CHAPTER 5 FINANCIAL FORECASTING FINANCIAL FORECASTING

5,531 views
5,186 views

Published on

0 Comments
2 Likes
Statistics
Notes
  • Be the first to comment

No Downloads
Views
Total views
5,531
On SlideShare
0
From Embeds
0
Number of Embeds
4
Actions
Shares
0
Downloads
156
Comments
0
Likes
2
Embeds 0
No embeds

No notes for slide

CHAPTER 5 FINANCIAL FORECASTING FINANCIAL FORECASTING

  1. 1. CHAPTER 5 FINANCIAL FORECASTING
  2. 2. FINANCIAL FORECASTING <ul><li>Percent of Sales Method </li></ul><ul><li>Linear Trend Extrapolation </li></ul><ul><li>Regression Analysis </li></ul>
  3. 3. PERCENT OF SALES METHOD <ul><li>A. PERCENT OF SALES METHOD </li></ul><ul><li>Simplest forecasting method </li></ul><ul><li>Forecasting the income statement and balance sheet items as percentages of sales forecast </li></ul><ul><li>Sales forecast is assumed to be given </li></ul>
  4. 4. PERCENT OF SALES METHOD <ul><li>1. Forecasting Income Statement </li></ul><ul><li>2. Forecasting Assets on Balance Sheet </li></ul><ul><li>3. Forecasting Liabilities on Balance Sheet </li></ul><ul><li>4. Discretionary Financing </li></ul>
  5. 5. PERCENT OF SALES METHOD <ul><li>1. Forecasting Income Statement </li></ul><ul><li>- Use Common-Size Income Statement </li></ul><ul><li>- Determine items that will change with sales: </li></ul><ul><li>i. Cost of Goods Sold </li></ul><ul><li>ii. Selling and G&A Expenses (maybe) </li></ul><ul><li>- Assume that the sales forecast is given </li></ul>
  6. 6. PERCENT OF SALES METHOD <ul><li>2. Forecasting Assets on Balance Sheet </li></ul><ul><li>We can not use common-size balance sheet for forecasting assets </li></ul><ul><li>Decide on the Assets that may change with Sales : </li></ul><ul><ul><li>Cash Balance </li></ul></ul><ul><ul><li>Accounts Receivable </li></ul></ul><ul><ul><li>Inventory </li></ul></ul><ul><ul><li>Plant and Equipment : </li></ul></ul><ul><ul><li>Accumulated Depreciation </li></ul></ul>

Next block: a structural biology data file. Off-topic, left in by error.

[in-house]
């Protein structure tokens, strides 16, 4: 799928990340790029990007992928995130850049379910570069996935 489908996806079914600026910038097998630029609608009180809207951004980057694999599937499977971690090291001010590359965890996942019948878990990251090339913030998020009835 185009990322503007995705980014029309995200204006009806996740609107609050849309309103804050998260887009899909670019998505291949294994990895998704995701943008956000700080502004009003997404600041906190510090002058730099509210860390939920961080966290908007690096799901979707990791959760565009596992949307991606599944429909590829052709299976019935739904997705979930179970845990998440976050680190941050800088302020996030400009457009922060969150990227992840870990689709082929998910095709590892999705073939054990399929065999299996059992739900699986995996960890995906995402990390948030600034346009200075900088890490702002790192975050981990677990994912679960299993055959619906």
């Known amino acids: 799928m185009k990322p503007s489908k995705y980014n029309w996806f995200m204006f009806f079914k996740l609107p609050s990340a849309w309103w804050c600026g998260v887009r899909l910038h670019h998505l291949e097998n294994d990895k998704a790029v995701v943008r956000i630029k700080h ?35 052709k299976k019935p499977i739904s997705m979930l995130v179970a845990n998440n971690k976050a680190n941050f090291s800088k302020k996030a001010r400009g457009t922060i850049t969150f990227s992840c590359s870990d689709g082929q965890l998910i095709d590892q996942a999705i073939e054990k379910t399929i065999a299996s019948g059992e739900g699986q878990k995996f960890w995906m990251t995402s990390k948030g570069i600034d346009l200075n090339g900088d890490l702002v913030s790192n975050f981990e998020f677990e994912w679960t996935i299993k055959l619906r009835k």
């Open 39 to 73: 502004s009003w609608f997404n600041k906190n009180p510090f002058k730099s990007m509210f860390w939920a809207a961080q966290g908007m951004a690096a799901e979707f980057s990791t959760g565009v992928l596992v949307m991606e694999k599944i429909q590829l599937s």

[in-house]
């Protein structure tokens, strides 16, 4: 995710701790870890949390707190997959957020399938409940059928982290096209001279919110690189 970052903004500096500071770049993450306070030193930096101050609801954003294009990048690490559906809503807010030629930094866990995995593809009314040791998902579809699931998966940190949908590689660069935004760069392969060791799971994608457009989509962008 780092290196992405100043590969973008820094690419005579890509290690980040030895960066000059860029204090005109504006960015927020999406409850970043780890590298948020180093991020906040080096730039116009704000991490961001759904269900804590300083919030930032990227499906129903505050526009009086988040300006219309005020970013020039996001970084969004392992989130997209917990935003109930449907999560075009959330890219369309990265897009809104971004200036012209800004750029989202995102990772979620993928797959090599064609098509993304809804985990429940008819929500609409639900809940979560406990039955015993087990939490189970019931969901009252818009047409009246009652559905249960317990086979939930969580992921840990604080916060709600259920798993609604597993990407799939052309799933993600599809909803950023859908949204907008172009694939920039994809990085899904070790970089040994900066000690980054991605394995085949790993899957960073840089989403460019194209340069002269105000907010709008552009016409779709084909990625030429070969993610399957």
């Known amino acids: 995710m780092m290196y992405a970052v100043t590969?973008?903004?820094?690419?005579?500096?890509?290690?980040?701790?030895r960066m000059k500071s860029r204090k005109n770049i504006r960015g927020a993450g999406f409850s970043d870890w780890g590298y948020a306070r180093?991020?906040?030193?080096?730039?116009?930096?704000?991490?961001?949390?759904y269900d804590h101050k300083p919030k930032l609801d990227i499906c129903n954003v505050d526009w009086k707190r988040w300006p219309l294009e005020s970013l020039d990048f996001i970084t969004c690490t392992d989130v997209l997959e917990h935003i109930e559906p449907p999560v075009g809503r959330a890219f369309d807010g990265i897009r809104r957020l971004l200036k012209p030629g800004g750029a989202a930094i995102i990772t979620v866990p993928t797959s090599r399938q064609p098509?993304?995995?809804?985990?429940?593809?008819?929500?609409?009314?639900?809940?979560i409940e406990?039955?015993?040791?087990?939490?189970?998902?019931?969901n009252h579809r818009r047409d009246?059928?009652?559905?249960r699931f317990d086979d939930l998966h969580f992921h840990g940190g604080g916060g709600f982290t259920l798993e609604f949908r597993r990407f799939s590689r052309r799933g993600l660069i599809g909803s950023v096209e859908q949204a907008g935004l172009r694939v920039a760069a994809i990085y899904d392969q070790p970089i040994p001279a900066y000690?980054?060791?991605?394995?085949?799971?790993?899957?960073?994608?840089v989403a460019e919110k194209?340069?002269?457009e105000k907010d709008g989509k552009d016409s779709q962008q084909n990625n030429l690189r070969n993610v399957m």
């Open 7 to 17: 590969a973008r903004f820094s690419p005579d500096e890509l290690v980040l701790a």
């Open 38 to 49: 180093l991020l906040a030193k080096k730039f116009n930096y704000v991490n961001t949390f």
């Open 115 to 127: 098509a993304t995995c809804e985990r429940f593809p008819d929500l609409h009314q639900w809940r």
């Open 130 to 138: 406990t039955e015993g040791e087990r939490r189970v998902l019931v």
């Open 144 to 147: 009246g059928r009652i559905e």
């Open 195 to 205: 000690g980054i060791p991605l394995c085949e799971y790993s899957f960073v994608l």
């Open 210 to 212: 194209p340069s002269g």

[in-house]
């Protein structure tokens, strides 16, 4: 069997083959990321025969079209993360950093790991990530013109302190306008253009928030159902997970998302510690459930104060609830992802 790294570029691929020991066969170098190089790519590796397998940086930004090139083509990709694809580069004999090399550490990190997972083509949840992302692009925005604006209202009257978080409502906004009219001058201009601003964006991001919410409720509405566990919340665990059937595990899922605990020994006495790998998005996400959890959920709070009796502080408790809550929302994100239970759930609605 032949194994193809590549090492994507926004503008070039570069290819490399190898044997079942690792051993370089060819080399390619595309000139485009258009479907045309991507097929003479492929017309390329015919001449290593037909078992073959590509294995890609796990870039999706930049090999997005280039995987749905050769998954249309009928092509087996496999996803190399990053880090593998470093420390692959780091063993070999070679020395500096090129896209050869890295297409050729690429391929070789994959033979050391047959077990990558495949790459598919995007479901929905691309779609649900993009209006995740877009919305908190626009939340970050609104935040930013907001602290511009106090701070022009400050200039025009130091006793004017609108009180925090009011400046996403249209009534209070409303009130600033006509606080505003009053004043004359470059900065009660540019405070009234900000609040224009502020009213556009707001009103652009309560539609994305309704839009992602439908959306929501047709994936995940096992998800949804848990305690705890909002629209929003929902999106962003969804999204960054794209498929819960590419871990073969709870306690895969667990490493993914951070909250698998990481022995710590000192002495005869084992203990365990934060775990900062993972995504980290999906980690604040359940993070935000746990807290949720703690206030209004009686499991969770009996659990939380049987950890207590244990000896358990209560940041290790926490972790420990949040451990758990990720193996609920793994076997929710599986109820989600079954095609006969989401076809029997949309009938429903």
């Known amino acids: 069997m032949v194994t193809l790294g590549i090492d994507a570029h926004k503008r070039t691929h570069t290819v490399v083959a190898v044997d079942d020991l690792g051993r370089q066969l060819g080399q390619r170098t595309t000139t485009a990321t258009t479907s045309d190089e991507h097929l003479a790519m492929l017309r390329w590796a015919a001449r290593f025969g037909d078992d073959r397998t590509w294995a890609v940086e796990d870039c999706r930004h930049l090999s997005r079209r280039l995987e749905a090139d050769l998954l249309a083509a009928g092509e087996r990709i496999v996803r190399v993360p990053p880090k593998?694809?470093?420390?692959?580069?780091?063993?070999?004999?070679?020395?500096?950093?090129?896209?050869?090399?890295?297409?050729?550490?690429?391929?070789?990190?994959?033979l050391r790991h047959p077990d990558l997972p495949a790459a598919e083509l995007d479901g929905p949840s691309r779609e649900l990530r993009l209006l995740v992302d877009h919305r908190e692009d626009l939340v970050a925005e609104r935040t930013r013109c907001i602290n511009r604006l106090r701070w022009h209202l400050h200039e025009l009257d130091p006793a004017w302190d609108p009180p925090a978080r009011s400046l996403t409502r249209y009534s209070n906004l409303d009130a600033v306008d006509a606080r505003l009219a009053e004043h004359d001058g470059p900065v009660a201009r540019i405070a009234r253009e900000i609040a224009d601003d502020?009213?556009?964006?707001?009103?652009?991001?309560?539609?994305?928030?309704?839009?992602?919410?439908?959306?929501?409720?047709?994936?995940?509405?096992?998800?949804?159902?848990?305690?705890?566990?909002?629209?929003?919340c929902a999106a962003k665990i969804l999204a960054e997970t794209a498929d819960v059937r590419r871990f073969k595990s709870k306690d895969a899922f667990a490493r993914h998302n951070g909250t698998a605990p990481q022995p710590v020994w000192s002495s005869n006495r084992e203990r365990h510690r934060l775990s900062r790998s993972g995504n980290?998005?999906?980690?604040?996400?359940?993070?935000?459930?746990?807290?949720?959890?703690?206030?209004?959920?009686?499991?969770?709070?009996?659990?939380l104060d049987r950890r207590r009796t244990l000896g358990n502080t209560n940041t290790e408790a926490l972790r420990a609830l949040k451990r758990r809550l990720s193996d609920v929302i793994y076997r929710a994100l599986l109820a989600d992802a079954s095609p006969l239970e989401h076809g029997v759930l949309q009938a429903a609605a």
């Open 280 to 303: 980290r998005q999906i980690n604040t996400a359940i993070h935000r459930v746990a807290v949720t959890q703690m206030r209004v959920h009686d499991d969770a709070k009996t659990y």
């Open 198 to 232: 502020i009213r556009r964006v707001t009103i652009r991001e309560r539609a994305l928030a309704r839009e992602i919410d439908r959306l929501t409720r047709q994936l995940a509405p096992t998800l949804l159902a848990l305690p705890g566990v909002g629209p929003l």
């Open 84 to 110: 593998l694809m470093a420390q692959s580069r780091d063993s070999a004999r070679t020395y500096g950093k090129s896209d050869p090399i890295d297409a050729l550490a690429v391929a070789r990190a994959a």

7. 7. PERCENT OF SALES METHOD <ul><li>3. Forecasting Liabilities on Balance Sheet </li></ul><ul><li>We need to categorize liabilities into two groups: </li></ul><ul><li>a) Spontaneous Sources of Financing </li></ul><ul><li>Arise in ordinary course of business, change with sales </li></ul><ul><li>Example: Accounts Payable, Other Current Liabilities </li></ul><ul><li>b) Discretionary Sources of Financing </li></ul><ul><li>These sources of financing requires great effort. Involve upper-level management decisions. Do not change with sales. </li></ul><ul><li>Example: Bonds, Bank loans, Common and Preferred Stock </li></ul>
  8. 8. PERCENT OF SALES METHOD <ul><li>Accounts Payable and Other Current Liabilities </li></ul><ul><ul><li>Change with sales </li></ul></ul><ul><li>Retained Earnings </li></ul><ul><ul><li>Previous year level + Additions in this year (from Income Statement </li></ul></ul><ul><li>Other Items of Liability Section </li></ul><ul><ul><li>Assume same level as previous year </li></ul></ul>
  9. 9. PERCENT OF SALES METHOD <ul><li>4. Discretionary Financing </li></ul><ul><li>Balance sheet plug: </li></ul><ul><ul><li>Total Assets – Total Liability and Owner’s Equity </li></ul></ul><ul><li>A negative value forecasts a surplus of discretionary financing </li></ul><ul><li>A positive value, forecasts a deficit of discretionary financing, and means that more discretionary funds will be needed. </li></ul>
  10. 10. LINEAR TREND EXTRAPOLATION <ul><li>B. LINEAR TREND EXTRAPOLATION </li></ul><ul><li>In the percent of sales method, we assumed that you are given the sales forecast. </li></ul><ul><li>Assume that you are not given the sales forecast but you have to do it yourself </li></ul><ul><li>TREND function of Excel </li></ul><ul><li>TREND(Known_Y’s, Known_X’s, New_X’s, Constant) </li></ul><ul><li>Y is the variable we want to forecast ( dependent variable )(in our example it is Sales) </li></ul><ul><li>X is the variable we use to forecast Y ( independent variable ) (in our example, it is Years) </li></ul><ul><li>New_X is the new variable value to forecast Y </li></ul><ul><li>Constant is a TRUE/FALSE variable. If you want an intercept, write True, else write False. </li></ul>
  11. 11. Adding a Trendline to the Chart <ul><li>Double Click the X-Y scatter chart, click on the plot and right click the mouse </li></ul><ul><li>Choose Insert Trendline from the menu </li></ul><ul><li>Displaying the Trend Equation </li></ul><ul><li>- Right click the mouse on the trendline, choose Format Trendline, go to Options tab select Display Equation on the Chart - </li></ul>